Streets department curby & our plastic bag monster by Chicobags Do you ever wonder if you really need to scrape that last bit of ketchup or maple syrup out of the jar before tossing it into the recycling container? Are clean recyclables key to an efficient and successful recycling process?

The answer… well, it depends.

Residue left on plastic or glass containers is typically flushed out with water at some point in the process. Goo and gunk  traces on steel and aluminum cans is most likely burned away during the recycling operation as well.

Essentially there’s no need to waste tons of water by running the faucet repeatedly over your recyclables—even if you were to get them pristine clean, they’d probably end up getting washed again.

However, you do NOT want to throw half-full food items in the recycling bin as this can lead to mold, insects, vermin and other unsanitary conditions.  I’m grateful to recycling center employees (and machinery!),  and the thought of mucking up their important job gives me major green guilt. So while I won’t likely build my biceps scrubbing every last microscopic speck from jars a little consideration can go a long way.

Every area handles the “dirty” recyclable issue a little differently. James Horrox the General Manager at Philadelphia’s Waste Management said, “In a perfect world, everyone would be careful to separate any food waste from their recyclable material; they would also wash out bottles, cans, and plastics before placing them for Single Stream collection. Unfortunately, we are far from a perfect world! Pizza boxes are not a problem, and our presort operators (which you saw) try to remove any obvious non-recyclable material (leftover food, dirty diapers, yard waste, etc).”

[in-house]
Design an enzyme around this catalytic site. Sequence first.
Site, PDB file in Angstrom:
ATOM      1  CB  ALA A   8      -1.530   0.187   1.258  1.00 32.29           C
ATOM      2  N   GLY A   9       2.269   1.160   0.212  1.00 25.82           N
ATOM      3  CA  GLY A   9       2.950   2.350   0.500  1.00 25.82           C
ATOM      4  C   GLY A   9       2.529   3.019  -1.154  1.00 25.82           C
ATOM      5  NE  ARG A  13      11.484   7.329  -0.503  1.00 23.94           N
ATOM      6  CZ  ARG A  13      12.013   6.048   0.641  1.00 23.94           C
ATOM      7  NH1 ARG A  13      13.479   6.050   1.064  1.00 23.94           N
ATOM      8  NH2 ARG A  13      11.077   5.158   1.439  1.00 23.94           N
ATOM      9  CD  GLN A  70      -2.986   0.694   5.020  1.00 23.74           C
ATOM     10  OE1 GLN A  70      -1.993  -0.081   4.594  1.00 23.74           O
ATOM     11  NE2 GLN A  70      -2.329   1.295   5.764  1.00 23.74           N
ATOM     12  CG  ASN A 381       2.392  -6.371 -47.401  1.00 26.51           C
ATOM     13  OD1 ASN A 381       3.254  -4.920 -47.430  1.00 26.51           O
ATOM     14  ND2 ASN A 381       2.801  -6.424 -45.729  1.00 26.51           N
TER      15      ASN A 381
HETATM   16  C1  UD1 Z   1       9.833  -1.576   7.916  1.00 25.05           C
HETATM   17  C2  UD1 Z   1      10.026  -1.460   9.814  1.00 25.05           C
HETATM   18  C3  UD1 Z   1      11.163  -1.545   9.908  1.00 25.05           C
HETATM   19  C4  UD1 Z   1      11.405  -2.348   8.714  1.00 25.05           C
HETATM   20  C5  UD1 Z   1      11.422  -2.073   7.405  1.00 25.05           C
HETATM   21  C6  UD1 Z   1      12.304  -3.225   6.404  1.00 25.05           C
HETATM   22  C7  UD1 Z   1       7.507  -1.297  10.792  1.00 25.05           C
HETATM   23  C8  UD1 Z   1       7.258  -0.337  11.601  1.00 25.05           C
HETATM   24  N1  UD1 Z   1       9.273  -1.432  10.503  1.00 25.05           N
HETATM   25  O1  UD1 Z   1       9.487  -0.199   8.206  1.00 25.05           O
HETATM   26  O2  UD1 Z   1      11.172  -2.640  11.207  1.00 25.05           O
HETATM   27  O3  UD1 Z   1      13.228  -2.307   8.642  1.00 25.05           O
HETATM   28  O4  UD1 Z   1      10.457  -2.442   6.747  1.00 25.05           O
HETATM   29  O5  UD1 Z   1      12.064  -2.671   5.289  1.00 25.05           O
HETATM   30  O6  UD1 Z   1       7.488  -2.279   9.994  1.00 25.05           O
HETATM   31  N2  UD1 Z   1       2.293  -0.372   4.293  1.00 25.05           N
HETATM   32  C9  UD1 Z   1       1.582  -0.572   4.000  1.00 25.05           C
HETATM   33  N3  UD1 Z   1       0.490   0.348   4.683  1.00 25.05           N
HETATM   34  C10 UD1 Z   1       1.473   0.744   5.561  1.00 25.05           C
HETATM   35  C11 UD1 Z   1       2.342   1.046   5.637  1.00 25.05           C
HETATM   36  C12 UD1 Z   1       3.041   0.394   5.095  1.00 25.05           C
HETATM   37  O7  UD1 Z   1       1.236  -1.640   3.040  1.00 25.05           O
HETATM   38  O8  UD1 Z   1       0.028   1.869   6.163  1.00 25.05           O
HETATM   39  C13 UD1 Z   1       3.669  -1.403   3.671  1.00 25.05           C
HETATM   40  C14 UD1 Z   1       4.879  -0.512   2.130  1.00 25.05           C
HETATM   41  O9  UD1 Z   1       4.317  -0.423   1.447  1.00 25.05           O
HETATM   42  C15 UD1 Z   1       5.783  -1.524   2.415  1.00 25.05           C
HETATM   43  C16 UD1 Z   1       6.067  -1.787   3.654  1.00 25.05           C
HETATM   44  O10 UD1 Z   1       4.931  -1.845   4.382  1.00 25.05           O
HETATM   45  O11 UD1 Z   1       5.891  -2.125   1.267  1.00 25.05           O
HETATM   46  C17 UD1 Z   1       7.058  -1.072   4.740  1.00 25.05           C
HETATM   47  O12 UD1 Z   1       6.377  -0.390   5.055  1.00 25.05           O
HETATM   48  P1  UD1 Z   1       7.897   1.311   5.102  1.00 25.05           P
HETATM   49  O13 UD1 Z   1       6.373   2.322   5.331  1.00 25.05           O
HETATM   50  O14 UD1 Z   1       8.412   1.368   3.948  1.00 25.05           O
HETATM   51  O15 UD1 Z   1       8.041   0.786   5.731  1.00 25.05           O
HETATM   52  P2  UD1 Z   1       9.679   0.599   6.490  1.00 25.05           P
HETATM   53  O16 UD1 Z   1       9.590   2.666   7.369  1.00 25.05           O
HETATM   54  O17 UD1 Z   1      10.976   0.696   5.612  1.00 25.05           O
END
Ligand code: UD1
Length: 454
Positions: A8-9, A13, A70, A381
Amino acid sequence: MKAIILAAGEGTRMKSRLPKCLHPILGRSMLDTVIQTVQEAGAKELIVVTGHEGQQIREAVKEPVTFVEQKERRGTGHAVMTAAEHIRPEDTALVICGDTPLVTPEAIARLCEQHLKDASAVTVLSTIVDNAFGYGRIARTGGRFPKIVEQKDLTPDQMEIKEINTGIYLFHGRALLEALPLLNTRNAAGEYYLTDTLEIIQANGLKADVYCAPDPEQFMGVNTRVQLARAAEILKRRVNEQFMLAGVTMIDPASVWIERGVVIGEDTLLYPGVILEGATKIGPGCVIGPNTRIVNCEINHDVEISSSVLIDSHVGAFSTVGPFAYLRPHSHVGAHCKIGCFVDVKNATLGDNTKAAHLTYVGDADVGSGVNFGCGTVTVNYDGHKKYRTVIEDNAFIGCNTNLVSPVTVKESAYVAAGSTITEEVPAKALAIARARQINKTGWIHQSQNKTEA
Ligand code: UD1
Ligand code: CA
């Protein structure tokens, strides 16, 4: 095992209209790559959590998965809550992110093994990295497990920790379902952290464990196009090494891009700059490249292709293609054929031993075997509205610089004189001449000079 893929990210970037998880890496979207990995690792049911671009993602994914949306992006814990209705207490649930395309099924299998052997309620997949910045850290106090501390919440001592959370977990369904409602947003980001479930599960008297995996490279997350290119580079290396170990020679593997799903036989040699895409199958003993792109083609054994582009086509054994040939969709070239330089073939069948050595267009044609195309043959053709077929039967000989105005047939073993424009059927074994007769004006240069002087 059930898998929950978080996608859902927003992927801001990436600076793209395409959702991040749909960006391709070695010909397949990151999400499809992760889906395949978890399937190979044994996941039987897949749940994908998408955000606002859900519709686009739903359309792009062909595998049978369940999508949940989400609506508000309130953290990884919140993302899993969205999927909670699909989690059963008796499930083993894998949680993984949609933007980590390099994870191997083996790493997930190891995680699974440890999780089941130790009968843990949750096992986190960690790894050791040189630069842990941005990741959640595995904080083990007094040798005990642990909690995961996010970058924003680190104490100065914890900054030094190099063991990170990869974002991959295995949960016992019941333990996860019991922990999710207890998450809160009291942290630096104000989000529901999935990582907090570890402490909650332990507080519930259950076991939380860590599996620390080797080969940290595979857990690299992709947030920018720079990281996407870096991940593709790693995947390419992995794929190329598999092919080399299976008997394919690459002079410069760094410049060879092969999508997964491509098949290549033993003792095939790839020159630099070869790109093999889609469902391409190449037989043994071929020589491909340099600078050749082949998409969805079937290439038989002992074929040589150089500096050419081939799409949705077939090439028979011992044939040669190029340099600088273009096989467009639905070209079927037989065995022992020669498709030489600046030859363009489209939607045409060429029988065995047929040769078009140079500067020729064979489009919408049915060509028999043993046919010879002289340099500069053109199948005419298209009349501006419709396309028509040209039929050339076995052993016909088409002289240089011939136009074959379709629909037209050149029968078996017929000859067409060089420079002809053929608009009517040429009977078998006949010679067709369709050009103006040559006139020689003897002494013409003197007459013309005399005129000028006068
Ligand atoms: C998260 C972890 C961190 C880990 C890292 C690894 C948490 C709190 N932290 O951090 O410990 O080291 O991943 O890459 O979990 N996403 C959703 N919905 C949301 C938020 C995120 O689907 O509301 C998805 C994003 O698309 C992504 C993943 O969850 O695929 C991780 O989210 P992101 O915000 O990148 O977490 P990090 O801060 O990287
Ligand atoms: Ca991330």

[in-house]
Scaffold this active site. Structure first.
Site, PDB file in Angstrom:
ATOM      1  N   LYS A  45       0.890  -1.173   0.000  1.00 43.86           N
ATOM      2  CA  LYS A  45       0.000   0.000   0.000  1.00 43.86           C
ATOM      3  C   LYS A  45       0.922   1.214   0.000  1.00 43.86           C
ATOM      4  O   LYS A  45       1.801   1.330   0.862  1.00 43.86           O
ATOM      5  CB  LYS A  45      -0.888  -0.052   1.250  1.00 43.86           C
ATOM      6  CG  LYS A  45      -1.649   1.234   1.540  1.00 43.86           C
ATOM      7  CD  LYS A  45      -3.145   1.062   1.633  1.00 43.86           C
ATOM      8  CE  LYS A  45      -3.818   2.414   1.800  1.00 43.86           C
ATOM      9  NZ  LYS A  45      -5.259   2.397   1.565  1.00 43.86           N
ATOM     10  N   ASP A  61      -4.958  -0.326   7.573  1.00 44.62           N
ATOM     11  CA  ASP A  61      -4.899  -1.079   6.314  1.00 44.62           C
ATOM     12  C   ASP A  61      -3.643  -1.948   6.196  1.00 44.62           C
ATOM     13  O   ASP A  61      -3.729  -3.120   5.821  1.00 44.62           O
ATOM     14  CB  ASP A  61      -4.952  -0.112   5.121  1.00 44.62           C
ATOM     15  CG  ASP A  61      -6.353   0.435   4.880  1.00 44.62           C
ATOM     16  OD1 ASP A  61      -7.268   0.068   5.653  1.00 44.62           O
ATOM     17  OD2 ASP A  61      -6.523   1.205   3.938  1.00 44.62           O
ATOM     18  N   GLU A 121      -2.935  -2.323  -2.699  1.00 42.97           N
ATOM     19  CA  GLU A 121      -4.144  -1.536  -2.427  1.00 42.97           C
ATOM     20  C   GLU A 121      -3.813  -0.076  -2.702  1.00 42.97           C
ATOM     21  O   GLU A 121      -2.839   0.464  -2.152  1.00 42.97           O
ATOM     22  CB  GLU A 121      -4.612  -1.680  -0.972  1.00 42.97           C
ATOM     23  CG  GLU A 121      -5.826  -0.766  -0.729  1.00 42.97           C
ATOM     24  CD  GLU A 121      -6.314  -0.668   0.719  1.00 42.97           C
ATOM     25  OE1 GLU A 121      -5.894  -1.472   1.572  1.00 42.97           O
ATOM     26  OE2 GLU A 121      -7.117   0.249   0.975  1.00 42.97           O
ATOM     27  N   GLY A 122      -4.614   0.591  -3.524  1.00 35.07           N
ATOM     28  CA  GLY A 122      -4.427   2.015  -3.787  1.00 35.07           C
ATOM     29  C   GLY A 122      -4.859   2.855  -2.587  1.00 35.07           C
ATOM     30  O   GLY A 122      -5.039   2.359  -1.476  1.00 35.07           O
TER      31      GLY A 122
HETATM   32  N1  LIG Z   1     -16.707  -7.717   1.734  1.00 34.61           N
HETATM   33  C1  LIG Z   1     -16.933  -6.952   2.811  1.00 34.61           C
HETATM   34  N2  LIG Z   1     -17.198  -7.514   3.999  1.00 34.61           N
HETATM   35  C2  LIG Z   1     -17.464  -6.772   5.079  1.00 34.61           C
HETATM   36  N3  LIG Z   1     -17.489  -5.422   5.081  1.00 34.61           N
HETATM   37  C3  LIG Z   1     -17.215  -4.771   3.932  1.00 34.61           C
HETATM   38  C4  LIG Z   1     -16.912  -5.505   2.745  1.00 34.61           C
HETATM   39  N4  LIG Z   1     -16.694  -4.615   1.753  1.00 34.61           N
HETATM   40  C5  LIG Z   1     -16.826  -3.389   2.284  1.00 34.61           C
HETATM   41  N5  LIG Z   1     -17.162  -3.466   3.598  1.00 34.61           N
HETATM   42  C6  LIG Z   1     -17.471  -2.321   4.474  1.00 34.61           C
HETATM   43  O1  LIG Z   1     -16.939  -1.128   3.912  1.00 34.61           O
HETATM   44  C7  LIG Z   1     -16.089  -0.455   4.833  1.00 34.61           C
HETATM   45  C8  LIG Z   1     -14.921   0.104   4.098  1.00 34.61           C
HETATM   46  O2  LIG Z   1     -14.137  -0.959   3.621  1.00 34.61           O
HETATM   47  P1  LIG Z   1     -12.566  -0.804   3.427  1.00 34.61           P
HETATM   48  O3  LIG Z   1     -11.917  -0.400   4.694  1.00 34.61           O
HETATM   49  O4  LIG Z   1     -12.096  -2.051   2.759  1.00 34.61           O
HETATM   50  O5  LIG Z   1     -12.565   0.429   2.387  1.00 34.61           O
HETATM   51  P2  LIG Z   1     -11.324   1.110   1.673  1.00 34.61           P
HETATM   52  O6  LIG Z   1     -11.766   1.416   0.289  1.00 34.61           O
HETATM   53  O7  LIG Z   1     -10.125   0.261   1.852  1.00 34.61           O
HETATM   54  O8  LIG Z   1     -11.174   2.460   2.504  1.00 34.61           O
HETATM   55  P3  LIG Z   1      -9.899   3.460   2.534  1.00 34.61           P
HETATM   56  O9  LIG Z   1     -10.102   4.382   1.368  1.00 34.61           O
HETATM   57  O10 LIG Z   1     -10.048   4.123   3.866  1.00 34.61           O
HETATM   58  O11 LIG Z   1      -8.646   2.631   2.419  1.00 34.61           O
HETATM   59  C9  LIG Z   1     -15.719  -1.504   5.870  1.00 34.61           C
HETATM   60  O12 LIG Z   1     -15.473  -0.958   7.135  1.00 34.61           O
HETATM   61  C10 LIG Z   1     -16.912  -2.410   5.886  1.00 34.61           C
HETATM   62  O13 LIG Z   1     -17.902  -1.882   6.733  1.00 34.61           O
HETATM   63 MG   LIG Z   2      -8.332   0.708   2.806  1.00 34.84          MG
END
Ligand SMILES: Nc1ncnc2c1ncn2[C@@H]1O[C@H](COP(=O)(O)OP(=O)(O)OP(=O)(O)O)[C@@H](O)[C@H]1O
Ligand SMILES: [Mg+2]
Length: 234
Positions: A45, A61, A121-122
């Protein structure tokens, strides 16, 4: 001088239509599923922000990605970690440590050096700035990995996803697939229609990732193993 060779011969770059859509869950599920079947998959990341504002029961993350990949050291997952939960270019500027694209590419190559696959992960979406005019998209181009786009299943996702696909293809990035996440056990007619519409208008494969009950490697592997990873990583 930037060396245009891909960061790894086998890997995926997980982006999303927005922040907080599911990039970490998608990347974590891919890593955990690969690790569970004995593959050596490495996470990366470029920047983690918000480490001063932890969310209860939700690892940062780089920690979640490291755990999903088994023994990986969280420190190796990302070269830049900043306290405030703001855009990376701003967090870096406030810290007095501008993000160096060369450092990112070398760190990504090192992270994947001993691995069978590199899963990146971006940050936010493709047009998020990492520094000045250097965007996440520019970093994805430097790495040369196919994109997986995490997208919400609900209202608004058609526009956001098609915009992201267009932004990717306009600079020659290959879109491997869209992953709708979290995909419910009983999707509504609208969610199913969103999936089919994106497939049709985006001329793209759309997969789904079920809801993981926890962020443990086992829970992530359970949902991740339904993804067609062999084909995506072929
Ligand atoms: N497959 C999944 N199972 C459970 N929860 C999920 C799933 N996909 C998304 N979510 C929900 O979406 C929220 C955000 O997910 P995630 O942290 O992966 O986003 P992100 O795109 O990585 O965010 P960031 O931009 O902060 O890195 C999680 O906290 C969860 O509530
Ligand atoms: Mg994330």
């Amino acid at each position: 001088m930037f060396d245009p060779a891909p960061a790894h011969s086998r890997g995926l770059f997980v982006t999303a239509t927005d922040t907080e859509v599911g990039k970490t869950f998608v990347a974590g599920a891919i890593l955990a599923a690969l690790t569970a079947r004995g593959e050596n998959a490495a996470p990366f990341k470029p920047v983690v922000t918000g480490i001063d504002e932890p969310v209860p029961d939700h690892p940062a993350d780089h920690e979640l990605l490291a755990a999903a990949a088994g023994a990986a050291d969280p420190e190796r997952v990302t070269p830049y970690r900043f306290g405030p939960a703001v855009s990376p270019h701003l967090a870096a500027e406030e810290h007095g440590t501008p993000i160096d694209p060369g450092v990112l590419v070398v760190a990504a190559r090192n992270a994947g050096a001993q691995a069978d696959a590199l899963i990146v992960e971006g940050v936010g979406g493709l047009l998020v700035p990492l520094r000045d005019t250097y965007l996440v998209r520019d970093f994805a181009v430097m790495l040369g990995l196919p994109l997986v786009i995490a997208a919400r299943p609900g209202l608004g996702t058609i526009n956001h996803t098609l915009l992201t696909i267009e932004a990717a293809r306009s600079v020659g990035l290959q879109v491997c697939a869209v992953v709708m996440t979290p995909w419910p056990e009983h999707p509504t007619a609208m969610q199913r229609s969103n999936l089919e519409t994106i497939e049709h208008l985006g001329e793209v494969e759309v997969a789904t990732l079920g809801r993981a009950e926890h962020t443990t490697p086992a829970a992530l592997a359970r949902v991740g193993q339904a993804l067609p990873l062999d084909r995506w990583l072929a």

Horrox also brings up a relevant point regarding commingled plastic bags. “One of our biggest obstacles is when these components are all mixed together in a plastic bag that our operators must then attempt to open. We accomplish this with varying degrees of success, which is why the material goes through several sortation screens and quality controls.”

Perhaps another reason we should reduce plastic bag use in Philadelphia

If you’re uncertain of how to handle specific items or need more info for your area Earth911 is a good resource. You can search by zip code to locate recycling centers with links to their contact info.



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  • Suzanne

    Good to know! I was wondering this just the other day while cleaning out a moldy (gross) salsa container.

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